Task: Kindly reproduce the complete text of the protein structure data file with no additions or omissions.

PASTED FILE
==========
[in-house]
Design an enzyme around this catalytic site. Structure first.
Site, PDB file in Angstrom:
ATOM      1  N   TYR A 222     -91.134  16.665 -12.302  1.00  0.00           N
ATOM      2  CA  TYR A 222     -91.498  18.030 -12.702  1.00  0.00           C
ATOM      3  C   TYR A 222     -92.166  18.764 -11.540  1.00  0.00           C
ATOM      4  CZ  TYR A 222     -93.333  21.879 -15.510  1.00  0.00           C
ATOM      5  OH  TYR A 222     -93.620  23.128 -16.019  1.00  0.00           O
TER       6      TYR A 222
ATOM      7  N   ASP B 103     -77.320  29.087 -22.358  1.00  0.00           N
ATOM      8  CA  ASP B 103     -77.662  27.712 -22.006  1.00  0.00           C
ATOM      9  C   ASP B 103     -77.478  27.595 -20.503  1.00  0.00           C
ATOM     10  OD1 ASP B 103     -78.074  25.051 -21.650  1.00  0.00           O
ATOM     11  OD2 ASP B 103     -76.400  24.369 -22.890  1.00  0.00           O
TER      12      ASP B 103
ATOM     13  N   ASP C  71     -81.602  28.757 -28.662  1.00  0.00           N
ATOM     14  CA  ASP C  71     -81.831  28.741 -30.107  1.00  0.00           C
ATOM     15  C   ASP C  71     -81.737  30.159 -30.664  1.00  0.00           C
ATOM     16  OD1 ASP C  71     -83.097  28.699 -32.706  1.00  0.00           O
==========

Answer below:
[in-house]
Design an enzyme around this catalytic site. Structure first.
Site, PDB file in Angstrom:
ATOM      1  N   TYR A 222     -91.134  16.665 -12.302  1.00  0.00           N
ATOM      2  CA  TYR A 222     -91.498  18.030 -12.702  1.00  0.00           C
ATOM      3  C   TYR A 222     -92.166  18.764 -11.540  1.00  0.00           C
ATOM      4  CZ  TYR A 222     -93.333  21.879 -15.510  1.00  0.00           C
ATOM      5  OH  TYR A 222     -93.620  23.128 -16.019  1.00  0.00           O
TER       6      TYR A 222
ATOM      7  N   ASP B 103     -77.320  29.087 -22.358  1.00  0.00           N
ATOM      8  CA  ASP B 103     -77.662  27.712 -22.006  1.00  0.00           C
ATOM      9  C   ASP B 103     -77.478  27.595 -20.503  1.00  0.00           C
ATOM     10  OD1 ASP B 103     -78.074  25.051 -21.650  1.00  0.00           O
ATOM     11  OD2 ASP B 103     -76.400  24.369 -22.890  1.00  0.00           O
TER      12      ASP B 103
ATOM     13  N   ASP C  71     -81.602  28.757 -28.662  1.00  0.00           N
ATOM     14  CA  ASP C  71     -81.831  28.741 -30.107  1.00  0.00           C
ATOM     15  C   ASP C  71     -81.737  30.159 -30.664  1.00  0.00           C
ATOM     16  OD1 ASP C  71     -83.097  28.699 -32.706  1.00  0.00           O